Valeriia Pryhozhyna

Valeriia Pryhozhyna

Country: Ukraine
Organization: UUAP

Short CV

Valeriia Pryhozhyna. Born on January 28, 1978 in Dnipro, Ukraine.
1996-2000 Dnipro National University, Faculty of Psychology.
1998-2003 Ukrainian Umbrella Association of Psychotherapists, training in Client-Centered Therapy according of C. Rogers.
2000-2008 Leading psychologist of the psychological service of Dnipro National University.
2008-20018 Psychologist of the Regional Center for Education of Disabled People of the National Metallurgical Academy of Ukraine.
From 2003 to 2008 Head of the Dnipro branch of the Ukrainian Union of Psychotherapists.
From 2015 to the present, the head of the Person-Centered Therapy section of the UUAP.
In 2014, one of the founders of the Psychological Crisis Service of the Maidan in Dnipro.
Since 2018, has his own psychological practice.
Since 2022, the founder of the NGO “Crisis Psychological Assistance” in the city of Dnipro and Dnipro region.

Two joint presentations (30 + 30 minutes)

(together with:  Yana Gololob)

Title: Wounded Hearts. Relationships that Empower.

It has been over a year since Russia’s full-scale invasion of Ukraine. While our country has been fighting for its integrity and independence since 2014, when Russia annexed our territories. Professionals in our field find themselves caught up in this complex and poignant situation of war and genocide. Entire towns and villages find themselves cut off from the surface of the earth. People are deprived of their habitual lives and their roots. Every day the entire territory of Ukraine is threatened by rocket attacks and bombardments, and people are surviving in this situation.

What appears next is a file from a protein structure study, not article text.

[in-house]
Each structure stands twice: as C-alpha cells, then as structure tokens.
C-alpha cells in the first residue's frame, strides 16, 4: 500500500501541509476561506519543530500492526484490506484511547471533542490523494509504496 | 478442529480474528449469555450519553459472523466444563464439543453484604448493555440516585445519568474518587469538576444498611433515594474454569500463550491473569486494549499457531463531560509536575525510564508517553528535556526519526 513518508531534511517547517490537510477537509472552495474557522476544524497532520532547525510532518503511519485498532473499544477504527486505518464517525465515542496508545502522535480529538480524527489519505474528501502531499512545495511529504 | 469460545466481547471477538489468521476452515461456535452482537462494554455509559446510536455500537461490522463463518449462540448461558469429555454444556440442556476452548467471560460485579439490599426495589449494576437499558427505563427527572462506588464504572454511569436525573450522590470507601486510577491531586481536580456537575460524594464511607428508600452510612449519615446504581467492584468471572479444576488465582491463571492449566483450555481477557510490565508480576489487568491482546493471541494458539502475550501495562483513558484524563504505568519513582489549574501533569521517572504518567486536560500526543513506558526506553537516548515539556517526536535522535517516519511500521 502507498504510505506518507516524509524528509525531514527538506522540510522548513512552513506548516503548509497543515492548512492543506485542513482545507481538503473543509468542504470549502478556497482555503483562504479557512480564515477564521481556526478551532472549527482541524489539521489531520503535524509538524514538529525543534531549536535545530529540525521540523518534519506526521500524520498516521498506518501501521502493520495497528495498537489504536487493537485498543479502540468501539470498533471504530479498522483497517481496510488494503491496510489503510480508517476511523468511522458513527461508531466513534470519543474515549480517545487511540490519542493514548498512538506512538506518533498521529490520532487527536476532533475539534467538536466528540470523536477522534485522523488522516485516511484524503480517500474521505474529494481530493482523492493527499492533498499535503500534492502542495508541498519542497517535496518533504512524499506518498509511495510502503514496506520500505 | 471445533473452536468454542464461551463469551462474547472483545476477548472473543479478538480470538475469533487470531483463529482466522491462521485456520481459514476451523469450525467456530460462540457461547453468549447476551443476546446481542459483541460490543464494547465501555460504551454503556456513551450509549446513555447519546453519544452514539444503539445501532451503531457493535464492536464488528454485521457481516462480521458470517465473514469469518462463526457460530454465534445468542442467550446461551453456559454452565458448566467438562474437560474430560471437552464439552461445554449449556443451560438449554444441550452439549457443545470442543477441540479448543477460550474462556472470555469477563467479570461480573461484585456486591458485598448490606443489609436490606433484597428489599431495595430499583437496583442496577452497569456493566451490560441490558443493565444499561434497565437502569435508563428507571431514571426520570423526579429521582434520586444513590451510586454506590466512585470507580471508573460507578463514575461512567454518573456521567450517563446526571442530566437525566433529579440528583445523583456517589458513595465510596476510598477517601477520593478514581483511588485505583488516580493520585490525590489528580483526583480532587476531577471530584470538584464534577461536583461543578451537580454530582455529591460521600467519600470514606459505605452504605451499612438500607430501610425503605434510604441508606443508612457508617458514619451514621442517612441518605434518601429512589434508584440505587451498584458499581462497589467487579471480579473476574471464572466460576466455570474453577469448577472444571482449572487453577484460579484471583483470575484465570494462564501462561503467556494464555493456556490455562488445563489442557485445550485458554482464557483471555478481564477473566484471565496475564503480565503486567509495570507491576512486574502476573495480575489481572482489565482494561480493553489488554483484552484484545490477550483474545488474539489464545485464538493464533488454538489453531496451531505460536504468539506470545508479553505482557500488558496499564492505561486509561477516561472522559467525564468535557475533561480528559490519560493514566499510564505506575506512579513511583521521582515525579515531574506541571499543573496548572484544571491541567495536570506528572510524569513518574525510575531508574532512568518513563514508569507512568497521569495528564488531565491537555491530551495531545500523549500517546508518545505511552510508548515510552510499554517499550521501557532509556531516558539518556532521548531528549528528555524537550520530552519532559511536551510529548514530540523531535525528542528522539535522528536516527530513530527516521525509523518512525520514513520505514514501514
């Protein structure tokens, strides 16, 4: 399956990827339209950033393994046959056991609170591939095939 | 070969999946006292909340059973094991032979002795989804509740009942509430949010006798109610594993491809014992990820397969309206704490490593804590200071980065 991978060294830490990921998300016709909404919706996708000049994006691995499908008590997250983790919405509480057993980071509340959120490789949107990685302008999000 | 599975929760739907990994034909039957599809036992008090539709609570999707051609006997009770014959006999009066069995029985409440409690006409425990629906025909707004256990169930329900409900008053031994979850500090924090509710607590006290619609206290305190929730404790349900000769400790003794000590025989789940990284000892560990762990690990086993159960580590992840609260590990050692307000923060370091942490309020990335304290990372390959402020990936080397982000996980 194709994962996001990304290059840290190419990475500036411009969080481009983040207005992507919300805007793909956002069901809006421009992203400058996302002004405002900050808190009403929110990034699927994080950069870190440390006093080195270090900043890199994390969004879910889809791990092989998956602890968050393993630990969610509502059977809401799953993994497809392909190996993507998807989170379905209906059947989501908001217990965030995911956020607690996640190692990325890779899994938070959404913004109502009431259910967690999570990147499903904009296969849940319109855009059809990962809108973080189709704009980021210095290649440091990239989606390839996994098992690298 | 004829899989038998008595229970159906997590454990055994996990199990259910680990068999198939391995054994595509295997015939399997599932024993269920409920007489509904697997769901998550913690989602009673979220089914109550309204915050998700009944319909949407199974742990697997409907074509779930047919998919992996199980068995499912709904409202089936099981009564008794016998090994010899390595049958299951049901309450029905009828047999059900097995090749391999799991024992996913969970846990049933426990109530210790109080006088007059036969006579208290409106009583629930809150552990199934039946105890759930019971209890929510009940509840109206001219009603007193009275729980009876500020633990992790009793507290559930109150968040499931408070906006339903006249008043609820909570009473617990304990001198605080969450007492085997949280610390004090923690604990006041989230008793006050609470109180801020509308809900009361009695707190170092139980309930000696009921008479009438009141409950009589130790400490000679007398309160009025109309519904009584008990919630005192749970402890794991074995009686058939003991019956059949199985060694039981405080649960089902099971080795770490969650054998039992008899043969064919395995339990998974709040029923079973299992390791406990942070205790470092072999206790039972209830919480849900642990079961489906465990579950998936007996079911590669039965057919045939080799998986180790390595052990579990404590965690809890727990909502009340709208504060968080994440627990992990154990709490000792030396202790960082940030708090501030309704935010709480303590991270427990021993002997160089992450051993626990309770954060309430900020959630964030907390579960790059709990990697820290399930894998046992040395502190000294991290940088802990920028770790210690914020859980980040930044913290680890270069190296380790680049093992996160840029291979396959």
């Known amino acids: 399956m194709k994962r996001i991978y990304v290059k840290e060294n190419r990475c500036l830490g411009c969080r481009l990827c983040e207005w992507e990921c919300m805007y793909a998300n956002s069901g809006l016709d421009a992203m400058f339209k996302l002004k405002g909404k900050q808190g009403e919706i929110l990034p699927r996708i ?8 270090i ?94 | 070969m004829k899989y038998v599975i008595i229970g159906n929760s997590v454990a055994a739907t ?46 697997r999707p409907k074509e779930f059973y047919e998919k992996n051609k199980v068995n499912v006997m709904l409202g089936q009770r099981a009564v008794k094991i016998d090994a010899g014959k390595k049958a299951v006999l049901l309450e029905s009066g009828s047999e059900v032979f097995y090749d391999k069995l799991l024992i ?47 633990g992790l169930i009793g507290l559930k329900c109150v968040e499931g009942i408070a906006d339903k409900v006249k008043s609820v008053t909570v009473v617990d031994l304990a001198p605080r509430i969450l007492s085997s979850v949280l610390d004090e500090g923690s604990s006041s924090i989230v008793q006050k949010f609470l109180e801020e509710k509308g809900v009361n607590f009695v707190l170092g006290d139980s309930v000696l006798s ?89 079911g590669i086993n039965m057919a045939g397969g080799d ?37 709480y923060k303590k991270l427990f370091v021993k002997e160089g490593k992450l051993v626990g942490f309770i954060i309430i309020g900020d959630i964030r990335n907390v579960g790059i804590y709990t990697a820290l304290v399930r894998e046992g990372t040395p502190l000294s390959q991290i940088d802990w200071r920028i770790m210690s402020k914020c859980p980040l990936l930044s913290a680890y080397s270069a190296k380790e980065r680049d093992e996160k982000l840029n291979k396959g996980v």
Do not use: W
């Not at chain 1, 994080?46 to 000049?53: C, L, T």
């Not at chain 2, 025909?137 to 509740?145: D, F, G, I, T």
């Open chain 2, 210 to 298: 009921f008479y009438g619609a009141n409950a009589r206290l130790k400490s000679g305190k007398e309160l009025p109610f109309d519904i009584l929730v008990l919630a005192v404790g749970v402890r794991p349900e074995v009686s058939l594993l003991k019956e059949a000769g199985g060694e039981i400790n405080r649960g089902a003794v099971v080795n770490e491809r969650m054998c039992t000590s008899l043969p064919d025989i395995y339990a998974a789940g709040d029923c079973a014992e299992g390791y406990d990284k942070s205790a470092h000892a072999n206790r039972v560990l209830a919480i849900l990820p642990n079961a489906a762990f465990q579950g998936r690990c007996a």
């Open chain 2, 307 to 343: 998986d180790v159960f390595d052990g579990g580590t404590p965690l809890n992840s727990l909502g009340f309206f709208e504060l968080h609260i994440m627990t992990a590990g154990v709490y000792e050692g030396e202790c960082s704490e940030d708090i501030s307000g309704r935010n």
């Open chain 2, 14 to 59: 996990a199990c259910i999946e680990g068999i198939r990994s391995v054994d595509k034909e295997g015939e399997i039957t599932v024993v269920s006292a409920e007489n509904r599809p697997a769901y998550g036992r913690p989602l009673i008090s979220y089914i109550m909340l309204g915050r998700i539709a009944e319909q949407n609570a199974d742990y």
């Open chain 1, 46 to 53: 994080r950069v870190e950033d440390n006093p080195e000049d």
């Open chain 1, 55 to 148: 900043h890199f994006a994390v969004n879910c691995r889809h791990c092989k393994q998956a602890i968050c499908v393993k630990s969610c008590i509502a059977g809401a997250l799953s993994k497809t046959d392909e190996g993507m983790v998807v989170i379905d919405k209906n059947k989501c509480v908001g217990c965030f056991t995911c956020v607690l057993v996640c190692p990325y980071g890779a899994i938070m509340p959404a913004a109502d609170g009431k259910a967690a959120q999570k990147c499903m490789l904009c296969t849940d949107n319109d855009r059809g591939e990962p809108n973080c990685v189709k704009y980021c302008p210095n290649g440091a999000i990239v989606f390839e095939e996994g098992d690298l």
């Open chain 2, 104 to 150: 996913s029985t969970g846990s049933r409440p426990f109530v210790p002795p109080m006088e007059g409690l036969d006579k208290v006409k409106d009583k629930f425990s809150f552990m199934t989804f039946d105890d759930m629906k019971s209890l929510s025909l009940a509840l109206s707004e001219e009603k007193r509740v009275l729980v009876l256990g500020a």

What we are facing:

  • Some 7 million people have either lost their homes or had them partially destroyed.
  • Up to 5 million people have been displaced because of the hostilities.
  • More than 7 million people have immigrated and are in a difficult process of adaptation.
  • Up to 200,000 combatants are serving in the army and are fighting.

A therapist can be useful for all these categories of people, reducing their daily stress and suffering. But what makes our situation unique is that therapists suffer just as much as the rest of our population.

We would like to share with you our experiences and ideas about the wounded healer. Trauma does not define us as individuals. Although it can be painful and have a negative impact on our lives, we can overcome it and find mutual support. The support of others and our own will together helps us to overcome difficulties and achieve a better version of ourselves. Together we can turn our traumas into a source of strength and inspiration.